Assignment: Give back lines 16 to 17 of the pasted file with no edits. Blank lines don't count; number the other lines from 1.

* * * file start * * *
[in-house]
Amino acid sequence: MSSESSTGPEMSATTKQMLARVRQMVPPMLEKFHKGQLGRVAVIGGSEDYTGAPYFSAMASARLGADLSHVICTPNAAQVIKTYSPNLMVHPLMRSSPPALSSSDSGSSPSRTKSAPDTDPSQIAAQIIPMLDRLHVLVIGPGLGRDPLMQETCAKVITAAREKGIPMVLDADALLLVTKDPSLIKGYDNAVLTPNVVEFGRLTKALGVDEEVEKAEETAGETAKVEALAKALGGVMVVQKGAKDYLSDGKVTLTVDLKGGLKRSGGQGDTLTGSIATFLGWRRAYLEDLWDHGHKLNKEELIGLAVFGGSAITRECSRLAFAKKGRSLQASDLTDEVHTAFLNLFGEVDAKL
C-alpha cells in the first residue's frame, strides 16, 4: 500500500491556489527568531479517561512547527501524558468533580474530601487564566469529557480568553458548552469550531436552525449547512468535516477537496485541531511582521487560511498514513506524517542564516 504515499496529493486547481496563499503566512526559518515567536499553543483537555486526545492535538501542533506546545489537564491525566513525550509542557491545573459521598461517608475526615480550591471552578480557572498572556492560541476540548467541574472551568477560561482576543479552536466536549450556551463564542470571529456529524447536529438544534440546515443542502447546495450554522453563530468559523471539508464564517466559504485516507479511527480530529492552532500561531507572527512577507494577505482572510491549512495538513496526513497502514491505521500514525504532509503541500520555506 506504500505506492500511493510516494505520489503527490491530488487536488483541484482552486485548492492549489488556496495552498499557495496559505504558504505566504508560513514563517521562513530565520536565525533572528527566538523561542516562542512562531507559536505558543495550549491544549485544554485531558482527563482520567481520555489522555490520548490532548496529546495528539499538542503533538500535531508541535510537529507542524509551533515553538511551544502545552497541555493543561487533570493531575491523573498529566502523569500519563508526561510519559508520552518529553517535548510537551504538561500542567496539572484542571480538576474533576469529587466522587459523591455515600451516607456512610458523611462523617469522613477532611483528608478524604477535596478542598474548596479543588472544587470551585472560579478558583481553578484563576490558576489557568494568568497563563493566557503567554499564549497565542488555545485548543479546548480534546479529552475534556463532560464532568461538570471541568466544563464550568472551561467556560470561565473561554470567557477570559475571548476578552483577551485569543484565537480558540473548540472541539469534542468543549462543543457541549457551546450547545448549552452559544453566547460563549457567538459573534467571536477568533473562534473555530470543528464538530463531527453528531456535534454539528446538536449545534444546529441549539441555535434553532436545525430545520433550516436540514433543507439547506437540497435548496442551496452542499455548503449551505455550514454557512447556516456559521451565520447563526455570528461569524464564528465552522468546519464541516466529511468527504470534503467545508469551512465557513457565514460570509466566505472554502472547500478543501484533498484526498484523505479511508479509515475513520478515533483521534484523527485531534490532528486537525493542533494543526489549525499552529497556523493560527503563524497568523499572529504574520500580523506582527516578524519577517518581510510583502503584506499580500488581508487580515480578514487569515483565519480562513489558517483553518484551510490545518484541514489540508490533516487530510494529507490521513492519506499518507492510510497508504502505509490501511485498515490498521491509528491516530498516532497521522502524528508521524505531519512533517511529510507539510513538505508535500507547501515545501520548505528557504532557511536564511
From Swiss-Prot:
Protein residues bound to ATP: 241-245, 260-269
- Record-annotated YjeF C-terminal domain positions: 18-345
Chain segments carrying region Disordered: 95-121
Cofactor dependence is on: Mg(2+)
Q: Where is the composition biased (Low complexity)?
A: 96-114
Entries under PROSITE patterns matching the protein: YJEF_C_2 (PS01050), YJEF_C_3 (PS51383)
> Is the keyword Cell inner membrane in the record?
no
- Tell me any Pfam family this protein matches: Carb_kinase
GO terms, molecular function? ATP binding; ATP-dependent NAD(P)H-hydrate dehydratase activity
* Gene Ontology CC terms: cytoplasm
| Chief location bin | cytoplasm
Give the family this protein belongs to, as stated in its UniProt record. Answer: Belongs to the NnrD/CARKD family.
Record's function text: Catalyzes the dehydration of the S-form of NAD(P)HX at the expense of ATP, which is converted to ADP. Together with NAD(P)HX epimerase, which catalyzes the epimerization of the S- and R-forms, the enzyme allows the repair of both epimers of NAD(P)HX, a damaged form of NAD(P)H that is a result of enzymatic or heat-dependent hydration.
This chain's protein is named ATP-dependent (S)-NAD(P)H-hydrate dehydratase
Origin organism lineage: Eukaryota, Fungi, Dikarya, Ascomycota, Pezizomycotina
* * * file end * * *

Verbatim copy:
* Gene Ontology CC terms: cytoplasm
| Chief location bin | cytoplasm